When you see this type of contamination in planting areas, whether it be for a lawn as in this photo or other plant types, I hope you are reminded of the fact this person or persons is/are only concerned in getting the job done quickly and not professionally.  The concern for the health and welfare of the plant material to be planted in areas near such construction projects should also be the mark of a professional. 

As the one who pays the ultimate bill,  you should be watchful for such problems and ensure contamination of this type does not occur.

To learn more about what should and should not be done at a landscape site, check out the web page at http://tri-river.mesacounty.us/LandscapeSpecifications_December_5_2008.pdf.

Wednesday, November 3, 2010

A soil test can improve the health and production of your gardens.

Soil samples can be submitted through the Mesa County Extension office for $25 per samples.  This will cover the cost of having your sample analyzed by a reputable lab and recommendations from me on what to add to your soil to improve it for plant growth.  I will also provide you recommendations on what not to add and how to correct soil problems.

Samples can be dropped off at the Delta or Montrose Extension offices for delivery to the Mesa County office.  If you live in Mesa County or are driving this way, drop off your sample(s) at my office at the Mesa County Fairgrounds. Payment for this service is expected at the time you drop off your sample(s). Checks need to be made out to the Mesa Extension Fund.

It typically takes 10 days from the time the sample reaches my office for the analysis to be completed and my letter to be sent back to you. I prefer to corresponde with you via email if at all possible.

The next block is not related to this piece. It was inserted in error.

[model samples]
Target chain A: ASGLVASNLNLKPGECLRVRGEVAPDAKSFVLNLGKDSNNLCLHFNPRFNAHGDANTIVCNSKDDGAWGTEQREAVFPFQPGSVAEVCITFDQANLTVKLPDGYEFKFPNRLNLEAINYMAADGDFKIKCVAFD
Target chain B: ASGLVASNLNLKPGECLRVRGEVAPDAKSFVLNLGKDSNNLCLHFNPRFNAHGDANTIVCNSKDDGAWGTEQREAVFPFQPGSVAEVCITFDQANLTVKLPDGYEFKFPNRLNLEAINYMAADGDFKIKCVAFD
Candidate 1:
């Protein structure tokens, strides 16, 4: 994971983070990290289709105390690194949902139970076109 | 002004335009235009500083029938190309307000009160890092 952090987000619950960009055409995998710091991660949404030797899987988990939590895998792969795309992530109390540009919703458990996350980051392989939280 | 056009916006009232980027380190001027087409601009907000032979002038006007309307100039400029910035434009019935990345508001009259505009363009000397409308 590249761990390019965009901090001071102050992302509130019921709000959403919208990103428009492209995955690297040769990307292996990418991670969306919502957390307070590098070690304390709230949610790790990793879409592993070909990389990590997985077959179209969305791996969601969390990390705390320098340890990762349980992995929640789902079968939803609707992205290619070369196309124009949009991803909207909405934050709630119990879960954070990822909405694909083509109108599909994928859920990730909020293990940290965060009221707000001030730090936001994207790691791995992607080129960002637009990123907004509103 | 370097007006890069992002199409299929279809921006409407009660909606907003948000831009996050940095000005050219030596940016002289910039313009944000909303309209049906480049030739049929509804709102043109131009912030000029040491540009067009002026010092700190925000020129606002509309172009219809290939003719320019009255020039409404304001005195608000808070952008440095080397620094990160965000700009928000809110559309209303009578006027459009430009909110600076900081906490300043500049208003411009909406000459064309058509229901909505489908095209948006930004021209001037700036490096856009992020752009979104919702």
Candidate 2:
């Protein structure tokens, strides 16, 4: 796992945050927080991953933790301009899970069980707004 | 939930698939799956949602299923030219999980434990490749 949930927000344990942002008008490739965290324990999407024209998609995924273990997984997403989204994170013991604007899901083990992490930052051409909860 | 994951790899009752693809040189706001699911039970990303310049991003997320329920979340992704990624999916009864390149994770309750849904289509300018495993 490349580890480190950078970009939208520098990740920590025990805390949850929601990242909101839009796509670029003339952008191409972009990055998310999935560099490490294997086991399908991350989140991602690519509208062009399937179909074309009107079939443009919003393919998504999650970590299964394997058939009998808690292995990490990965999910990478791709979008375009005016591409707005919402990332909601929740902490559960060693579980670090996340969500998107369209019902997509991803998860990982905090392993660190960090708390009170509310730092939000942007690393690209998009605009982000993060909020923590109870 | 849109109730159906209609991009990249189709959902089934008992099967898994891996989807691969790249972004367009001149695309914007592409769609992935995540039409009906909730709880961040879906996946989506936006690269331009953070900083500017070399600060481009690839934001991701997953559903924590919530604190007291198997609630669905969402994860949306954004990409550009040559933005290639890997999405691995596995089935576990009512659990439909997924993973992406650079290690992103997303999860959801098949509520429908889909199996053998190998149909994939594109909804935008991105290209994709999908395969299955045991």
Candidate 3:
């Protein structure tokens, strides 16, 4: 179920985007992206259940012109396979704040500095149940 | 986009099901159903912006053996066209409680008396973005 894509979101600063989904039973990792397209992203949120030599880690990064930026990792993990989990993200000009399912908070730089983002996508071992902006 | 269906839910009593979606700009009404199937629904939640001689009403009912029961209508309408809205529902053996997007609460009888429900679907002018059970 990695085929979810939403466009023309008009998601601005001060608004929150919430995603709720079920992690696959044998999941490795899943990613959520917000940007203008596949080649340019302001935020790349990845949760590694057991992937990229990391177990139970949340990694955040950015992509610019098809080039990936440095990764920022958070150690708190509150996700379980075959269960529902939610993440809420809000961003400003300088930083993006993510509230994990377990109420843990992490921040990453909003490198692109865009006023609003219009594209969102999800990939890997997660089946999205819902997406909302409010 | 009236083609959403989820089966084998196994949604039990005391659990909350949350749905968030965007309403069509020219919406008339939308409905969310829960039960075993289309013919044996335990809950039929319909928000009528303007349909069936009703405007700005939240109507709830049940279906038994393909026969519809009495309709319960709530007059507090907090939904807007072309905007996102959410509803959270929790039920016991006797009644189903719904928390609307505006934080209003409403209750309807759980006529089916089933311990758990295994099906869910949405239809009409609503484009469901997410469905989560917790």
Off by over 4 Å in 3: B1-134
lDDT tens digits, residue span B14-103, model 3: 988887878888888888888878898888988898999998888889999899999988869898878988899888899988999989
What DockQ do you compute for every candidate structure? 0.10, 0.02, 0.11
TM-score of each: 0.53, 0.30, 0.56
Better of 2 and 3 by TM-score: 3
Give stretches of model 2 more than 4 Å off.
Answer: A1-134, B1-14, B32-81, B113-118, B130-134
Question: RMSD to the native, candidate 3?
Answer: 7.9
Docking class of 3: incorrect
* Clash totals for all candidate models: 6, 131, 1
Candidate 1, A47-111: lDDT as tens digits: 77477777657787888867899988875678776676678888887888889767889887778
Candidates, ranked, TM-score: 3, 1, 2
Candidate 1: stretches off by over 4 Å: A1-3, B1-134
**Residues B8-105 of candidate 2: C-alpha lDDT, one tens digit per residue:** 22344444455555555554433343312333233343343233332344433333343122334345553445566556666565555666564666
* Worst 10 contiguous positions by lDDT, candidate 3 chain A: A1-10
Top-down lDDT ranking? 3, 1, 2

Soil samples should be taken from several spots in the area you want to have tested. Collect the samples from the soil surface to a depth of at least 8 inches. Use a clean shovel or soil probe and a clean pail, bucket or box in which to collect the sample. If multiple samples are collected that represent one area, it is best to combine them into one sample. Allow the samples to dry on a clean table before submitting them for analysis. The sample can be placed in a zip lock bag. Submit no more than one pint per sample. Please remove any rocks or large organic debris particles from the sample. Only the soil will be tested.


If you are submitting more than one sample, mark each bag with your name, the crop/plants being grown or you are planning to grow at that site and an identifying number or name so you can match the results up to the area where you collected the sample.

I will need the following information from you along with your sample(s):
Name and mailing address
e-mail address
phone number
crop or plants you intend to grow
and whether your intention is to grow this crop organically.

Thursday, October 28, 2010

Are your sprinkler system valve boxes too deep?

They should be even with the surface of the ground so you don’t fall in the hole or have problems when mowing.